Dr Christopher Teh, soil biologist and senior lecturer at Universiti Putra Malaysia answers gardening questions in Star2’s monthly gardening column, Ready, Set, Grow!, which is brought to you by social enterprise Eats, Shoots & Roots. Send your questions to faqs@eatsshootsandroots.com.

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This month’s questions are about growing mediums and how to use rice water and kitchen waste in your garden.

What is the best growing medium for potted edible plants? Does it need to be changed after some time?

It is not easy to simultaneously get all the good factors in one potting media. Commercial soil-less media have been formulated to be rich in specific nutrients needed for certain plants, but they can be too light to support taller and heavier plants like tomato plants.

These media also dry out faster than soil, so more frequent watering is required, which in turn can also lead to more water wastage as these media may not hold onto the water as well as soil.

One good natural option is to mix your garden soil with other material. If you don’t have a garden or if your garden soil is infertile, try buying soil from nurseries. Avoid the red soils you often find at these places, as they contain too much clay and are generally not fertile. Instead, look for soil that looks dark and has a rich, fertile smell; the soil should also be heavy.

Mix one part garden soil with one part peat moss and one part perlite or coarse (not fine) sand. You can buy peat moss and perlite (or coarse sand) from most hardware stores or nurseries. The advantage of this soil mixture is that it is able to support heavier and taller plants, and it holds onto water and nutrients longer.

How often you change your potting media depends on how aggressively you use the media to grow your plants and how well you protect your soil – for instance, adding mulch or compost will prolong soil use. Once you find your plants are no longer growing as well as before, you should change the media; this happens anyway after a few years.

Is it true that the water from washing rice is good for watering plants? What other types of kitchen water waste can be recycled for plants?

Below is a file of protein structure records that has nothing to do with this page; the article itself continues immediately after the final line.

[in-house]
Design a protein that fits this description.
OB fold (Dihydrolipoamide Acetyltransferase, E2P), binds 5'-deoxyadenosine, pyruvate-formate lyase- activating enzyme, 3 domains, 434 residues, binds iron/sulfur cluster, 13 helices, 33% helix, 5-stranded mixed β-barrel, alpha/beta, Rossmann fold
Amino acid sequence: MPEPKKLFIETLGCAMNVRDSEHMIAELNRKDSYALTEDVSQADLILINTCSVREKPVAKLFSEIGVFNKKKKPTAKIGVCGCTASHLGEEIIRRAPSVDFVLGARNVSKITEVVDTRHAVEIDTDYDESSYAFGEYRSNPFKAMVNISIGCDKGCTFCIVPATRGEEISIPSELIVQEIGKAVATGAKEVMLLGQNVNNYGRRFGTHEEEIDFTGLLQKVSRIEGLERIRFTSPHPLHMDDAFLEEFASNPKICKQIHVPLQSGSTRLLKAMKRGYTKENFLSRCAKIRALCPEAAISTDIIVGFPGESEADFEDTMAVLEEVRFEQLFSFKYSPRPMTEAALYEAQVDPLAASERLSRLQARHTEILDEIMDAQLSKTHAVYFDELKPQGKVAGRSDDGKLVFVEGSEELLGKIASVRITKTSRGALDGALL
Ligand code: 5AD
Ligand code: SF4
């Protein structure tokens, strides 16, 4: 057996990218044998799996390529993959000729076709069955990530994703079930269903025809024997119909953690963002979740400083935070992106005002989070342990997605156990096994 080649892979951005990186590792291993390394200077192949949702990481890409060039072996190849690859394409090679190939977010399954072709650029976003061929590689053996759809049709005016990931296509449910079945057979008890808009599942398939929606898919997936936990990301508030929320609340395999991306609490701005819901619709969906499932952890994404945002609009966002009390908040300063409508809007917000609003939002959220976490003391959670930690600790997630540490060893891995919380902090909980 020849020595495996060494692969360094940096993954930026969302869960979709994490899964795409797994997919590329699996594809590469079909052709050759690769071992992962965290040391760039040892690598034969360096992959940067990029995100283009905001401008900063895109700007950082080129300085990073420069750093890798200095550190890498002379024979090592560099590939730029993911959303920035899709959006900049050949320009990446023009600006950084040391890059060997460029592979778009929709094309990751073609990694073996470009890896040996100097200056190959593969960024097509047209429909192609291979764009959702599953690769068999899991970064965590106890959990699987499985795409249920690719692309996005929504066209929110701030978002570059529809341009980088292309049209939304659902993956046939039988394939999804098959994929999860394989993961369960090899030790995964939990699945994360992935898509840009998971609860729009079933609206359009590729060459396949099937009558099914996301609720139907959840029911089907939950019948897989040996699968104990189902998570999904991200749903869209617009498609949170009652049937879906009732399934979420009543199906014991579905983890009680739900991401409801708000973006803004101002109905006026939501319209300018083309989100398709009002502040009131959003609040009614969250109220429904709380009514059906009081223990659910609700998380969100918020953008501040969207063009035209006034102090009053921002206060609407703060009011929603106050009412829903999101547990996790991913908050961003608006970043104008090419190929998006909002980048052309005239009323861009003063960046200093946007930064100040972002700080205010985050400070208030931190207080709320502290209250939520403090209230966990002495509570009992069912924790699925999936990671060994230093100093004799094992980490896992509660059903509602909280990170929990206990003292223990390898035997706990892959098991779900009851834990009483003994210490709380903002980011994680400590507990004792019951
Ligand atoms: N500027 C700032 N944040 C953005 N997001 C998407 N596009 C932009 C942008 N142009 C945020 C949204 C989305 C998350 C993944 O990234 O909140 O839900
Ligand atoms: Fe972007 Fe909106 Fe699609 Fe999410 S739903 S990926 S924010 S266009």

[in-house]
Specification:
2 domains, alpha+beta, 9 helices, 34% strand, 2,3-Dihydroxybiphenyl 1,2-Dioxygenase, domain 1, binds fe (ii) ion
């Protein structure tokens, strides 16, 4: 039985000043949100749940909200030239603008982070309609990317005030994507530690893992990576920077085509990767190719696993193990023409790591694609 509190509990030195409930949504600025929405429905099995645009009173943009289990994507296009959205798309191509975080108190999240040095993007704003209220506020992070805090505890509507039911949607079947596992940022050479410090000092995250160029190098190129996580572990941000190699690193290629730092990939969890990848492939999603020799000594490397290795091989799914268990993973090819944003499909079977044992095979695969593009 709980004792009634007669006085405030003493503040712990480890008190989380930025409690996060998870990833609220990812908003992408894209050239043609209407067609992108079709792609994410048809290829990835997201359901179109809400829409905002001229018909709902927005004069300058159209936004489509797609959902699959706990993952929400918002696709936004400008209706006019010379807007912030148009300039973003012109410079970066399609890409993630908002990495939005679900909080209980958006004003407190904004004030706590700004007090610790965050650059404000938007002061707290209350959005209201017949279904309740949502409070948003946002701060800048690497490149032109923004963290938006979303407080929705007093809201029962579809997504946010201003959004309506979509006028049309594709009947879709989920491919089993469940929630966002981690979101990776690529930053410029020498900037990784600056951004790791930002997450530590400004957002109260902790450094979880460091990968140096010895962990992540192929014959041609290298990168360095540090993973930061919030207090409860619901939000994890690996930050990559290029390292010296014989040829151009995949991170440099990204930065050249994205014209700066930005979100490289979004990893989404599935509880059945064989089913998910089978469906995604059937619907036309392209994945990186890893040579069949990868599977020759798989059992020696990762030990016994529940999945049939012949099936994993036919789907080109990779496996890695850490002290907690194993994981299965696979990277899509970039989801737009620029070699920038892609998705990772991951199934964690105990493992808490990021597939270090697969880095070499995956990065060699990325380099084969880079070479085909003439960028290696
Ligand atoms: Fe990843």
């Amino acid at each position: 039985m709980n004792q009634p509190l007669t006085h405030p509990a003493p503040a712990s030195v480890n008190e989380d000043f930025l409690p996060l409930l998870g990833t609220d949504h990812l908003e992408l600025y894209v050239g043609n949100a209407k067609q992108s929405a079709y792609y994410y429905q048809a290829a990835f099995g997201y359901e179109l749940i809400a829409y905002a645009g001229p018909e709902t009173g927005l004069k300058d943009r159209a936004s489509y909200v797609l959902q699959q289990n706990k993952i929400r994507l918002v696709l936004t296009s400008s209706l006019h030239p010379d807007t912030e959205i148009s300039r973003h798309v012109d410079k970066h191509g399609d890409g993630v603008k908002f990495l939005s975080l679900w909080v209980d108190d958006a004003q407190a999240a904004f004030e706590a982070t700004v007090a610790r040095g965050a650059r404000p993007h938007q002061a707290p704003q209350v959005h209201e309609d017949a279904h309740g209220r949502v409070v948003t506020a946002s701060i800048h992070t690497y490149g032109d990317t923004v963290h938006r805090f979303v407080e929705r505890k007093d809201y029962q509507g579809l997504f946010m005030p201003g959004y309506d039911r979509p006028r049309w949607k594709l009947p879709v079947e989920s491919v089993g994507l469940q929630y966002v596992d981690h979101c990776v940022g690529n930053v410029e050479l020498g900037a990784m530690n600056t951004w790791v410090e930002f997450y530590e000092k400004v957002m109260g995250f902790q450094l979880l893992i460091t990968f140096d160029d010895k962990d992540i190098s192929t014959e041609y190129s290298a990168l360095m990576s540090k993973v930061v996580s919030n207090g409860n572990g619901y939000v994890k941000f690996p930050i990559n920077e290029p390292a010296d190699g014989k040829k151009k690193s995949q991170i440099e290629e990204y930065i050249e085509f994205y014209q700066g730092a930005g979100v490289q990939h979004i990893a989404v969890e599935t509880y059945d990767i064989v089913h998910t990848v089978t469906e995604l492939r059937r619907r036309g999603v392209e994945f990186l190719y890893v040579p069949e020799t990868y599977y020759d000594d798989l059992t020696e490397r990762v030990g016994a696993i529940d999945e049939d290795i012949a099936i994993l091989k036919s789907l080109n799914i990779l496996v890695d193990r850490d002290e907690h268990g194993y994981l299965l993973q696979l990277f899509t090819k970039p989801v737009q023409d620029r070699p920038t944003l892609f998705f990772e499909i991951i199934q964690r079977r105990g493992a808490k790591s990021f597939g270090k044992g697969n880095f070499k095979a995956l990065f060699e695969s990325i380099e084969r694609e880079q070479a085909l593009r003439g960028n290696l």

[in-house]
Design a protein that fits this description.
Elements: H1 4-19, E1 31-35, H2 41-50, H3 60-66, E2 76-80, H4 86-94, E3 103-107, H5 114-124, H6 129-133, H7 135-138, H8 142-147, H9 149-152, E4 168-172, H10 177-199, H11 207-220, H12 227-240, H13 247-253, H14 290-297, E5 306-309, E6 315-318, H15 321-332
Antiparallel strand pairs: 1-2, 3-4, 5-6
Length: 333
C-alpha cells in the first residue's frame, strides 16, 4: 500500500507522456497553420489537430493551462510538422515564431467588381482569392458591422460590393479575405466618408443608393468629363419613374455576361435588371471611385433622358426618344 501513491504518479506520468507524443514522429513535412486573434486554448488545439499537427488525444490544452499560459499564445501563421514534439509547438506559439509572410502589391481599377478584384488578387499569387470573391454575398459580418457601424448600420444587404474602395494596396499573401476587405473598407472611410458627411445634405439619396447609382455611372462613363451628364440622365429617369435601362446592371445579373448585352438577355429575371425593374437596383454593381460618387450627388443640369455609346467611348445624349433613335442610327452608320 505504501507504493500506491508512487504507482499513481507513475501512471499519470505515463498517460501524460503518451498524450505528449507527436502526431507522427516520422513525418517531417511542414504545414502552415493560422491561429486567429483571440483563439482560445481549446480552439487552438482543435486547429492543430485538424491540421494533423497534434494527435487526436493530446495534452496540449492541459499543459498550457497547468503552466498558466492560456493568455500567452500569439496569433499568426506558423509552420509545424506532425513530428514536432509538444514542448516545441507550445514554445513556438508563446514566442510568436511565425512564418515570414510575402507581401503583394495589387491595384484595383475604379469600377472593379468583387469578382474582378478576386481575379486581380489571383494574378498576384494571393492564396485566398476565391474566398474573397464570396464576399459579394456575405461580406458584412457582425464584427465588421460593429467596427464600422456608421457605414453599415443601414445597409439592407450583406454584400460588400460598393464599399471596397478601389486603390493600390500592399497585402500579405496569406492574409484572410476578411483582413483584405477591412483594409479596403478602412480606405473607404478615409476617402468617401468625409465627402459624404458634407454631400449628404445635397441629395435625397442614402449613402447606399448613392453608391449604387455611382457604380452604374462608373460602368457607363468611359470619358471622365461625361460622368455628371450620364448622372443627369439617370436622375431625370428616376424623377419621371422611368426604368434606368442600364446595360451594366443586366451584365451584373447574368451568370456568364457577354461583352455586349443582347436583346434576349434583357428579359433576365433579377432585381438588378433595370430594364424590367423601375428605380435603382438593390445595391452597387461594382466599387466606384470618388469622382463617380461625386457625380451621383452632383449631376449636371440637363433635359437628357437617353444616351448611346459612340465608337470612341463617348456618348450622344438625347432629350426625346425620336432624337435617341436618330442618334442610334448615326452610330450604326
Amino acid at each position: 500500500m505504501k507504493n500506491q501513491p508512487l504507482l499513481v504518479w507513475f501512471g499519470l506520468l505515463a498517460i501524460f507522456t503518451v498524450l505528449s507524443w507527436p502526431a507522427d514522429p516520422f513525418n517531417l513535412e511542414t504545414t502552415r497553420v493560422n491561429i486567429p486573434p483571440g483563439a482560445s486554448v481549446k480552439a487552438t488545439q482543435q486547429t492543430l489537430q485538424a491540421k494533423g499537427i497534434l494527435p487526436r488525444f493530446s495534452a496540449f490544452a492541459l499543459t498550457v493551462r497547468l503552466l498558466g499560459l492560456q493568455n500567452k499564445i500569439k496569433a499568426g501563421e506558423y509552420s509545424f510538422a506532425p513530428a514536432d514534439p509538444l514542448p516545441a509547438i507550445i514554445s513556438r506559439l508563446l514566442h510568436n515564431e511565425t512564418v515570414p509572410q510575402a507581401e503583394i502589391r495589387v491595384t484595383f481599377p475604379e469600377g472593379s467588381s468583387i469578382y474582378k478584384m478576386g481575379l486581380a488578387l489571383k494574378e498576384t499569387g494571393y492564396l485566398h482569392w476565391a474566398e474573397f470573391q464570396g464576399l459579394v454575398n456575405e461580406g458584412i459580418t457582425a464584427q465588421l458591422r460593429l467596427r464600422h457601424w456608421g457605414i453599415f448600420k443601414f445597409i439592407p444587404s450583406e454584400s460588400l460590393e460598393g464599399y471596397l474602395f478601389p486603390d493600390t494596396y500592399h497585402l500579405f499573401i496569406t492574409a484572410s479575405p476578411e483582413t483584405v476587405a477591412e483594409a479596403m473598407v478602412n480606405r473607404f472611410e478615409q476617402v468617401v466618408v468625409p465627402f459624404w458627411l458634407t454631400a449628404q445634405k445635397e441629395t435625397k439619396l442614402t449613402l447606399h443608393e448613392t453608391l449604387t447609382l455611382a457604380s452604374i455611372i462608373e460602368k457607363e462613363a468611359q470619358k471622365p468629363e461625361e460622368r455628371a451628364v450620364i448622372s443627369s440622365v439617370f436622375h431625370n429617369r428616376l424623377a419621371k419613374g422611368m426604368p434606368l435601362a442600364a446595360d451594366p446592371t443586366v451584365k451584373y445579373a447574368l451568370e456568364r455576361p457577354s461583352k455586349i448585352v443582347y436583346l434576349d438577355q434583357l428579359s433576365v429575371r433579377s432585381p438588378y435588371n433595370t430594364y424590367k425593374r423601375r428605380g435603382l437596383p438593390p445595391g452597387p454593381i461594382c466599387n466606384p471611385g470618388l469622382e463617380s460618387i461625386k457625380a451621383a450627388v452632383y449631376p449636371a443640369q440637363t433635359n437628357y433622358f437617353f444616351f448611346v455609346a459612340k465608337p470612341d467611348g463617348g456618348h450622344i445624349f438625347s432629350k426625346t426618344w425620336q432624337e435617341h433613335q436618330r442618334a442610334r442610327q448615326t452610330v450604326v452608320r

Using rice water is a good way to reuse and, thus save, water. Rice water contains nutrients needed by plants, and the starches in it will promote beneficial microorganisms in the soil that will, in turn, promote plant growth in the long run. So by using rice water, you are actually simultaneously watering and fertilising your plants.

Whatever source of water you use, make sure it does not contain harmful chemicals. Substances to avoid are salts, soaps, strong acids (like vinegar), and oils. If you are unsure of your kitchen water content, it’s best to avoid watering your plants with it.

Can kitchen waste like fish parts or coffee grounds be used to fertilize plants?

Burying fish parts will aid in decomposition, and as they decompose, they will release nutrients into the soil for your plant. How deep you should go depends on your plant: the parts shouldn’t be buried so deep that the plant’s roots cannot reach the nutrients; but neither should they be buried so shallowly that they attract flies or dogs and cats that might dig the parts up again. This usually works out to between 15cm and 30cm deep.

The coffee beans can be buried as well or just applied over the soil’s surface. If you find yourself doing this often, you should try composting.

Ready, Set, Grow! is a gardening series brought to you by Eats, Shoots & Roots, a social enterprise that champions urban edible gardening.